The Fringe Gets Religion

Two Jewish-themed works mine serious spiritual matters at iconoclastic theater festival.

08/10/2011
Special To The Jewish Week
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Religion is not the first thing that one thinks of in connection with the Fringe Festival, the smorgasbord of zany, often ribald theatrical fare that springs up every August in New York. But this year’s Fringe includes two plays, both by Jewish playwrights, which take on serious religious themes — a retelling of  the Garden of Eden story and the feverish fictional monologue of a shamanistic rabbi.
 
That both take a humorous, if often bleak, view of humanity seems par for the course at the reliably unpredictable Fringe, which this year celebrates its 15th anniversary.
 
In Albi Gorn’s “Back to the Garden,” at the Connelly Theatre in the East Village, a female deity battles a Satanic figure (Leo Goodman) who manipulates Creation to his own ends. Caught in the middle are Adam (Brandon Haagenson) and Eve (Allyson Morgan), who, while they make the wrong choice by eating the apple, are ultimately given a second chance to redeem themselves. Set in the Ice Age, the play exemplifies the late Talmud scholar Saul Lieberman’s observation (often quoted by Elie Wiesel) that the most tragic figure in the Bible is God.
 
Gorn, 64, a playwright and musician who grew up in the North Bronx as the child of Communist Party members, discovered midrash CAP? when he was in his late 40s. A longtime court reporter in the federal courts, he has written several plays, including the prize-winning drama “To Know Him,” about a terminally ill gay man who is visited in the hospital by a female rabbinical student. “Back to the Garden,” which was originally penned in 1995, is directed by Gorn’s wife, Robin Joseph, who is the Cantor of Temple Beth Shalom in Hastings-on-Hudson.
 
An even more iconoclastic view of religion underlies poet Alexander Nemser’s “Moshe Feldstein: Icon of Self-Realization,” a one-man show at the Studio at the Cherry Lane Theatre in the West Village. Described by Nemser (who also stars) as “fusing the ecstatic linguistic panache of the Marx Brothers with the metaphorical fluidity of Ovid’s Metamorphoses,” the play is an intentionally bizarre mix of performance art and stand-up. The fictional Feldstein is a street-corner prophet who Nemser calls a “visionary, huckster, charlatan, and spiritual seeker.”
 
Nemser, 27, grew up in Cambridge, Mass., and went on to win a Marshall Scholarship from Yale that enabled him to do graduate work in European literature at Oxford University. His poetry has appeared in The New York Times, the Atlantic Monthly and the Paris Review. (One of his poems is read aloud by a future CIA agent in Robert DeNiro’s film, “The Good Shepherd.) “Moshe Feldstein,” which was co-written with Canadian playwright Joseph Shragge, has many influences, including the music of Bob Dylan, the stories of Isaac Babel, and the poetry of Allen Ginsberg.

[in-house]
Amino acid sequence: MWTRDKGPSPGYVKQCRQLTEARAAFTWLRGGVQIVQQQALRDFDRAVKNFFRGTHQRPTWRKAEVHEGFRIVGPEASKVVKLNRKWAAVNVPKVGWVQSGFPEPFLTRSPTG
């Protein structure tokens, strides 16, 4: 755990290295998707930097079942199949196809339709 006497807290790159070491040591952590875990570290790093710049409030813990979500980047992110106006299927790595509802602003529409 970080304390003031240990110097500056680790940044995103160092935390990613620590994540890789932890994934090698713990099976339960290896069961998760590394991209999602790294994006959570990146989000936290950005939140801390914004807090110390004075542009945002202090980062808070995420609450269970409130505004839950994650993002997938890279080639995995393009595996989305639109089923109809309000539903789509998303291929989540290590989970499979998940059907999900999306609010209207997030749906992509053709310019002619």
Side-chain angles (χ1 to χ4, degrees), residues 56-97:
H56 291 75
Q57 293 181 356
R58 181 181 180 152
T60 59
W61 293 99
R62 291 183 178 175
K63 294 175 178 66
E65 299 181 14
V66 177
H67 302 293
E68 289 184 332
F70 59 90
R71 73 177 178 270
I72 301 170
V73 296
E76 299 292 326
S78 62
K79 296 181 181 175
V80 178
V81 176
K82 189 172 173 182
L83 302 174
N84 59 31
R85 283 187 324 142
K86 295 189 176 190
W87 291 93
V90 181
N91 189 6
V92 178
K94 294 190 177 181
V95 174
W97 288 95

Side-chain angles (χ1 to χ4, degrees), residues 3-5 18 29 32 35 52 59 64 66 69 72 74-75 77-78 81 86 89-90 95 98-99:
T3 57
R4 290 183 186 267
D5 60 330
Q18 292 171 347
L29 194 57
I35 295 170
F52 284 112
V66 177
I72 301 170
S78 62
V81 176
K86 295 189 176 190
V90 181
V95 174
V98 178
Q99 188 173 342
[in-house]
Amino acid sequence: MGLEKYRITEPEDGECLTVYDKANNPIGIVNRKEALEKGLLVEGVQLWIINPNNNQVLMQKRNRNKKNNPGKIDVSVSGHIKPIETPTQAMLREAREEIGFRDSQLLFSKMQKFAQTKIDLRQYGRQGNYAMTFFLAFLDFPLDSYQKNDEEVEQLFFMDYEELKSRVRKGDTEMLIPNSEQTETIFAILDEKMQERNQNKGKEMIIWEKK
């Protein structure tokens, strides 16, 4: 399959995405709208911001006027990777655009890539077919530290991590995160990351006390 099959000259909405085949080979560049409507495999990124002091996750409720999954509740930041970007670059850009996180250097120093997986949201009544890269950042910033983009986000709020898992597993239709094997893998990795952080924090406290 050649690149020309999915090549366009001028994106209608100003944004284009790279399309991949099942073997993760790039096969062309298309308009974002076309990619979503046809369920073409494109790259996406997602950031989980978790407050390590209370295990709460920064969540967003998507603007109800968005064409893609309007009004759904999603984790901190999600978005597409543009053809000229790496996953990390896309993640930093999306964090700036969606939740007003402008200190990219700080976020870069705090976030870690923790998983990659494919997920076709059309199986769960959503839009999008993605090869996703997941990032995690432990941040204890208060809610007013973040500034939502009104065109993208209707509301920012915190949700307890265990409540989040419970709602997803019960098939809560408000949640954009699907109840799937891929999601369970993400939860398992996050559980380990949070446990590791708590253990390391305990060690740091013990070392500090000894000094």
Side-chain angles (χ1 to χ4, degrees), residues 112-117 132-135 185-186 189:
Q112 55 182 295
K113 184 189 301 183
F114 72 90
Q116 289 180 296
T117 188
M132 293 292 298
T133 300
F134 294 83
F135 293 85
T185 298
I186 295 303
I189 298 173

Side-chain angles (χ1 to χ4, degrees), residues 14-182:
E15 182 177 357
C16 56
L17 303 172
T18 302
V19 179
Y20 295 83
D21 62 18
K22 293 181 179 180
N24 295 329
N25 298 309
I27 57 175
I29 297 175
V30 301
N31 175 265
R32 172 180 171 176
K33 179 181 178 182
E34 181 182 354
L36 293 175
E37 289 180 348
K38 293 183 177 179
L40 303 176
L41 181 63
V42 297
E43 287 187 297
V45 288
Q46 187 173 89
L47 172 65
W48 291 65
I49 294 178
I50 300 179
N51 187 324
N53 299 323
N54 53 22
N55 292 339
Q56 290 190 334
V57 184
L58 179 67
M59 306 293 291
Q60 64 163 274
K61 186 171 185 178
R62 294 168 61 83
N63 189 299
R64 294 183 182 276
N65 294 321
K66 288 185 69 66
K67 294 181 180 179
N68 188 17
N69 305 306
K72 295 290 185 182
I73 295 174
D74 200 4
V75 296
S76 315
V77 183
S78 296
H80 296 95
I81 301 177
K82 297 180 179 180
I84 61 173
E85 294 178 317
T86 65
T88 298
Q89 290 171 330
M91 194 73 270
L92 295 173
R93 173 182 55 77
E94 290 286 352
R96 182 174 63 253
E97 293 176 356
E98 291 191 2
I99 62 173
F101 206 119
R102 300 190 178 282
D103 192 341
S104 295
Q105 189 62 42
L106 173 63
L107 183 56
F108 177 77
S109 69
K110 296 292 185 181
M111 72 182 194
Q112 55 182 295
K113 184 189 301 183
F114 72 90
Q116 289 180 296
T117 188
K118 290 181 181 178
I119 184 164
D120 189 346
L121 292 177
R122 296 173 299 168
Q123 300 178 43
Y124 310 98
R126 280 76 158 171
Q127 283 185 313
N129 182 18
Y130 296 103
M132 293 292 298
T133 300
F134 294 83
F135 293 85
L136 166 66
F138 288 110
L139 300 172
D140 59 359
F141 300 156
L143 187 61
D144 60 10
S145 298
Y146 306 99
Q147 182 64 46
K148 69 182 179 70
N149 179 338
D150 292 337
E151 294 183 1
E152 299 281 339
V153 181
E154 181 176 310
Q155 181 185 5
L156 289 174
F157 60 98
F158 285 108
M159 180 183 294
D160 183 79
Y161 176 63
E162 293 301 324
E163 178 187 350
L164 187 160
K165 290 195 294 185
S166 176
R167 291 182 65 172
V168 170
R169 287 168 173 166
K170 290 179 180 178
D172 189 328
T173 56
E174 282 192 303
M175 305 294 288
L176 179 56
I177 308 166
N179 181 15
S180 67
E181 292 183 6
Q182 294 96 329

The play, which has been performed at the Bell Foundry in Baltimore and the Bowery Poetry Club in New York, sprang from Nemser’s intuition that a true spiritual truth-teller would be “a poet and a liar, telling wild incantatory riddles that were impossible to believe or even follow, and yet were true.”
 
Feldstein’s message, Nemser said, is that the “ecstatic revelation of some kind of truth is a sanctifying truth.”
 
In different ways, the characters in both “Back to the Garden” and “Moshe Feldstein” are on an intense spiritual quest. As Cantor Joseph put it, echoing the language of Abraham Joshua Heschel, “Where is God? Is God there? Is God listening? Man’s endless search for God is the flip side of God’s endless search for man.”
 
The Fringe Festival begins Friday and runs through Aug. 28 at a variety of venues in lower Manhattan. Other shows at the Fringe that have a Jewish theme, all solo pieces, are: Carol Lempert’s “After Anne Frank,” about life lessons gleaned from the slain diarist; Gabrielle Maisels’ “Bongani,” about Jews and blacks in post-apartheid South Africa; and Ken LaZebnik’s “Rachel Calof,” about the Yiddish-speaking pioneer in late 19th century North Dakota. For tickets, $18 ($15 in advance), call the box office at (866) 468-7619 or visit www.fringenyc.org.

  

Comments

Another Fringe piece with Jewish themes to check out: YOU ONLY SHOOT THE ONES YOU LOVE, which is largely how Jews who fled eastern Europe transformed American comedy, specifically the satire of the Fifties and Sixties -- Mike Nichols, Elaine May, Paul Sills, Jules Feiffer, Mort Sahl, etc.

I'm glad to see religion featured in the festival. I know since I accepted Yeshua as Messiah in my life, spiritual issues are far more important to me now than the day to day or mundane issues. May the festival bring joy to many.

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